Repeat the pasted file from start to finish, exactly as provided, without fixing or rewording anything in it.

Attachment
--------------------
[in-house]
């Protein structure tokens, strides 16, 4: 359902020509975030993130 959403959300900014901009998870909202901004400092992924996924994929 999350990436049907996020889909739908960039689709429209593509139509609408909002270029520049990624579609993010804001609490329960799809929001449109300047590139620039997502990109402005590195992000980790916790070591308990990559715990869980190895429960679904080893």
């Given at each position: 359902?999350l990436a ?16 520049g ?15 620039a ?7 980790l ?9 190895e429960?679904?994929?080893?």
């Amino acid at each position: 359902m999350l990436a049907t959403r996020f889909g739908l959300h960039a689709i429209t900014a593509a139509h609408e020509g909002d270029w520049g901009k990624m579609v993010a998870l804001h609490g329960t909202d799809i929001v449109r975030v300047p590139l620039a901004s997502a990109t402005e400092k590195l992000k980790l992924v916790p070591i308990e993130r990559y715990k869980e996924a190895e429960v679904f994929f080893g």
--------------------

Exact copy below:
[in-house]
């Protein structure tokens, strides 16, 4: 359902020509975030993130 959403959300900014901009998870909202901004400092992924996924994929 999350990436049907996020889909739908960039689709429209593509139509609408909002270029520049990624579609993010804001609490329960799809929001449109300047590139620039997502990109402005590195992000980790916790070591308990990559715990869980190895429960679904080893």
């Given at each position: 359902?999350l990436a ?16 520049g ?15 620039a ?7 980790l ?9 190895e429960?679904?994929?080893?």
């Amino acid at each position: 359902m999350l990436a049907t959403r996020f889909g739908l959300h960039a689709i429209t900014a593509a139509h609408e020509g909002d270029w520049g901009k990624m579609v993010a998870l804001h609490g329960t909202d799809i929001v449109r975030v300047p590139l620039a901004s997502a990109t402005e400092k590195l992000k980790l992924v916790p070591i308990e993130r990559y715990k869980e996924a190895e429960v679904f994929f080893g």